Fairchild Semiconductor has expanded its Global Power Resource design centers with the addition of a facility in Qingdao, China. This new design center provides power system solutions for worldwide manufacturers of white goods and consumer applications, and specifically for local Chinese suppliers such as Haire, the world's third largest producer of refrigerators.
Fairchild selected Qingdao, China, in order to bring system experts close to industry leaders in the manufacturing of white goods and consumer applications. This is important because home appliance (air conditioners, refrigerators, washing machines and microwave ovens) unit production in China is expected to grow 14% between 2004 and 2008, according to iSuppli (October 2005).
"Fairchild is able to identify opportunities to increase efficiency and functionality in power management systems and deliver innovative solutions by working closely with our customers. Our Global Power Resource design centers also minimize part count and total cost, and we partner with our customers to implement these solutions in end product designs," says Rexin Wang, vice president Technical & Applications Center, Asia Pacific.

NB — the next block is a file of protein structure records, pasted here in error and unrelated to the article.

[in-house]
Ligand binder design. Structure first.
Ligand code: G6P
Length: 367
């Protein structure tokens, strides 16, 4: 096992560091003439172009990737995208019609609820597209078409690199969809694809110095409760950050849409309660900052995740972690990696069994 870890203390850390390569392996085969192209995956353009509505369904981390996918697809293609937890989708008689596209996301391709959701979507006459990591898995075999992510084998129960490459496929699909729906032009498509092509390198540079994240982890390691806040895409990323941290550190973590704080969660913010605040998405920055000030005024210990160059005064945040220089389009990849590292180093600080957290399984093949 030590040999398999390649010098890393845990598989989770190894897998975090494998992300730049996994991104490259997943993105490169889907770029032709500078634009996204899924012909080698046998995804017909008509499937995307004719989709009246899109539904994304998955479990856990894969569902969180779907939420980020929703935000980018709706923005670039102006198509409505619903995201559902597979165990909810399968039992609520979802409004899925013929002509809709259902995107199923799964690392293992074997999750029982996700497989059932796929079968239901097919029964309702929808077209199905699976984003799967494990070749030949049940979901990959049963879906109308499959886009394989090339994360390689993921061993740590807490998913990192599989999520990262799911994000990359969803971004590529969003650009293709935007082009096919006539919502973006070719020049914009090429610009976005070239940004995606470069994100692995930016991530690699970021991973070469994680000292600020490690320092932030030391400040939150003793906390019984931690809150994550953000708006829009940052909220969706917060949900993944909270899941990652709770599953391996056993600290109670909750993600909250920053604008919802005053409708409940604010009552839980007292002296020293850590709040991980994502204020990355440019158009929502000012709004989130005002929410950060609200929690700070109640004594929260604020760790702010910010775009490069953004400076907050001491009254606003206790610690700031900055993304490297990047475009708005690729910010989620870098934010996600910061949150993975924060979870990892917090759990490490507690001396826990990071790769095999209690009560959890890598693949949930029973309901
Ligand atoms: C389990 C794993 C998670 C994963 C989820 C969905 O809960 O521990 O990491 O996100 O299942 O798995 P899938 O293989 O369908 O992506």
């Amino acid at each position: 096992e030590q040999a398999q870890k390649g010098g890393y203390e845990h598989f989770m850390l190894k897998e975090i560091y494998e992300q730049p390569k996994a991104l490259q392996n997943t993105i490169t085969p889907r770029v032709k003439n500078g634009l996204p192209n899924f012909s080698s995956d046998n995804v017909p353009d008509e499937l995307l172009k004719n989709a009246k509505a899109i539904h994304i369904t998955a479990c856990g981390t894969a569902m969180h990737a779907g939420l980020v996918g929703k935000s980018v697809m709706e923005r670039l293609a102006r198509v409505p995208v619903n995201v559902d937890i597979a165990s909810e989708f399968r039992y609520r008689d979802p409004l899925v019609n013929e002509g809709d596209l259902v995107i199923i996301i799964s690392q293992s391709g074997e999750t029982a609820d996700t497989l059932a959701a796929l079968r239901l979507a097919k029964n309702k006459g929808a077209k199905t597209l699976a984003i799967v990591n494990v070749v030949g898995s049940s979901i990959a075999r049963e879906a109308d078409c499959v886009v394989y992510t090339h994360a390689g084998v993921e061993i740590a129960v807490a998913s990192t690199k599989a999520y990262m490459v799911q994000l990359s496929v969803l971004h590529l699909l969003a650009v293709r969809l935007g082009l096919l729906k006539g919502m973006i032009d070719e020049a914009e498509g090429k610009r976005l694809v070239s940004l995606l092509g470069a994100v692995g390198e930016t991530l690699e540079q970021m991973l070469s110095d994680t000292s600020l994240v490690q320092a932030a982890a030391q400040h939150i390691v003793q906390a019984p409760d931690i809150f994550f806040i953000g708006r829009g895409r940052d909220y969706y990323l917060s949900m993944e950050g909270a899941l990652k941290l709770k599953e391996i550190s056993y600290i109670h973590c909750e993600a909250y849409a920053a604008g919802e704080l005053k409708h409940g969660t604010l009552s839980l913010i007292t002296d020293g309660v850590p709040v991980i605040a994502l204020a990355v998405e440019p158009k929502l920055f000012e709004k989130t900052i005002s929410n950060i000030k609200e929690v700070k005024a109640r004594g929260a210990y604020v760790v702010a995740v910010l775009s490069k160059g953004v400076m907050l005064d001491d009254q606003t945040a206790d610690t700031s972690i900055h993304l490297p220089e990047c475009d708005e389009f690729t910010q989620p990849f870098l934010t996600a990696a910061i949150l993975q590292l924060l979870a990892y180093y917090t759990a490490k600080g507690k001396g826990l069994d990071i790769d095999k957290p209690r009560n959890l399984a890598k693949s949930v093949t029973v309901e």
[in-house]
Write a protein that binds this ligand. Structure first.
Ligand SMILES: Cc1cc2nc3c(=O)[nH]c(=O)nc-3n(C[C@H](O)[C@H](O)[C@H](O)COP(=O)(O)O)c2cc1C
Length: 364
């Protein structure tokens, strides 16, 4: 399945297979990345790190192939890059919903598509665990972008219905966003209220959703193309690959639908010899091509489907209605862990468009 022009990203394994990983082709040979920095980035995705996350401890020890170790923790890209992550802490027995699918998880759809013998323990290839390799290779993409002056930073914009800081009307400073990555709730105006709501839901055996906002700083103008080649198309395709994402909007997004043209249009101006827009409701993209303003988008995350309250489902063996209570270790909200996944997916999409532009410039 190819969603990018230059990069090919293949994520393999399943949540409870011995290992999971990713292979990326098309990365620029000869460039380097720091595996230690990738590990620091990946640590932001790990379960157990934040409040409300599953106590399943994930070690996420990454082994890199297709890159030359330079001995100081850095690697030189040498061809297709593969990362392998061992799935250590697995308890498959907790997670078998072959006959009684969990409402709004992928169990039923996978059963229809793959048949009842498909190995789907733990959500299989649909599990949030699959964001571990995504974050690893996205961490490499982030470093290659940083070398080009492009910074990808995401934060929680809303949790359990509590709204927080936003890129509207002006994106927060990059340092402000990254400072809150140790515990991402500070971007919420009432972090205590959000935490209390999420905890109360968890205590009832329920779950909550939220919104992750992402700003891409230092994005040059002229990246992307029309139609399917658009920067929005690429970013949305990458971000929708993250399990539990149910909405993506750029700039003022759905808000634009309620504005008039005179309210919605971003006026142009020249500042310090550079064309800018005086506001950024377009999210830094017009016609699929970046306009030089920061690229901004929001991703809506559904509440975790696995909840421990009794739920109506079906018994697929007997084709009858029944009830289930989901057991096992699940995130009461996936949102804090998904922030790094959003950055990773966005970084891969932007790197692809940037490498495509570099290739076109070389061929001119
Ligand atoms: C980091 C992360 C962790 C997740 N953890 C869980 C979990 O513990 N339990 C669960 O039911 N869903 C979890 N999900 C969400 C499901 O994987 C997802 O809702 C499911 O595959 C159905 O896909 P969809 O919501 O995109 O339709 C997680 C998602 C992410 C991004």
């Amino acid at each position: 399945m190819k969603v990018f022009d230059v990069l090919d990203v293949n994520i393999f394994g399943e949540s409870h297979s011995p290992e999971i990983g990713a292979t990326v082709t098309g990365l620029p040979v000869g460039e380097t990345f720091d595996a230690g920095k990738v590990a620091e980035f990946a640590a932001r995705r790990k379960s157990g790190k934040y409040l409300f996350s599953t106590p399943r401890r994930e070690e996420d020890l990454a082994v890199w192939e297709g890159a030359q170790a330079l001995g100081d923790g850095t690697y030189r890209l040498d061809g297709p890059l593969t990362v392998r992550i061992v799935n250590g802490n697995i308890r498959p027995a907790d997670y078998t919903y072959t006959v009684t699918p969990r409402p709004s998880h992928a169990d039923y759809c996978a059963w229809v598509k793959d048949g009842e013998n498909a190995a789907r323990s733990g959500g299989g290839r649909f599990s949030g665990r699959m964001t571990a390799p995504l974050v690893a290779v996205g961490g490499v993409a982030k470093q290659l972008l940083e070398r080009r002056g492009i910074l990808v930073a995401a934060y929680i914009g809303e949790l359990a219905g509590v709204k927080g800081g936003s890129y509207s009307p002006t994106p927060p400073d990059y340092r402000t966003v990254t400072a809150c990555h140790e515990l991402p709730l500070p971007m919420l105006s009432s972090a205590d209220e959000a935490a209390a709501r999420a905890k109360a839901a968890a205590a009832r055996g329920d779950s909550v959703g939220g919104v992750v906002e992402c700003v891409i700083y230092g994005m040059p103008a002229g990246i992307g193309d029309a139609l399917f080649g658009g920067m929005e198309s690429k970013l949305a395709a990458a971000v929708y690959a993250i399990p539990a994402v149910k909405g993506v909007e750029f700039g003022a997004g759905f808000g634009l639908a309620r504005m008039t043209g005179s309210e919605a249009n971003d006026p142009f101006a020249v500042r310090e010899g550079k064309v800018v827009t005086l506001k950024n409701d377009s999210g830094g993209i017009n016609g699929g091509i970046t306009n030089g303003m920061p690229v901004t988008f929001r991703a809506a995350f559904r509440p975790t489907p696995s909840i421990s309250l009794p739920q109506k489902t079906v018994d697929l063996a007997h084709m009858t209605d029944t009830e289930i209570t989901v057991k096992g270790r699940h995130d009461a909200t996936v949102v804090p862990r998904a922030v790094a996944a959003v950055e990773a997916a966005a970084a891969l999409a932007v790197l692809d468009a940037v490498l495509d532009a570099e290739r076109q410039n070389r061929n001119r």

The strength of the Qingdao power design center is its technical staff with years of experience in system design, extensive understanding of products and technologies, and solid experience in the industry working with customers to optimize system power.
Using Fairchild's power efficient products, the Qingdao Global Power Resource design center leverages its expertise to provide solutions that simplify motor design, energy efficiency and reduce board space for applications such as high definition and LCD TVs, inverter types of air conditioners, and cell phone designs.
Fairchild's worldwide Global Power Resource network consists of power design centers, system application experts, online design tools, evaluation boards, tutorials, and joint research and development labs. Fairchild's customer-centric Global Power Resource design centers are located in Germany; Korea; Taiwan; Shenzhen and Shanghai, China; as well as Texas and Illinois. In 2006, an additional center will be opened in China, and three more will be added in Brazil, Japan and Korea, bringing the total number of Global Power Resource design centers to 12 worldwide.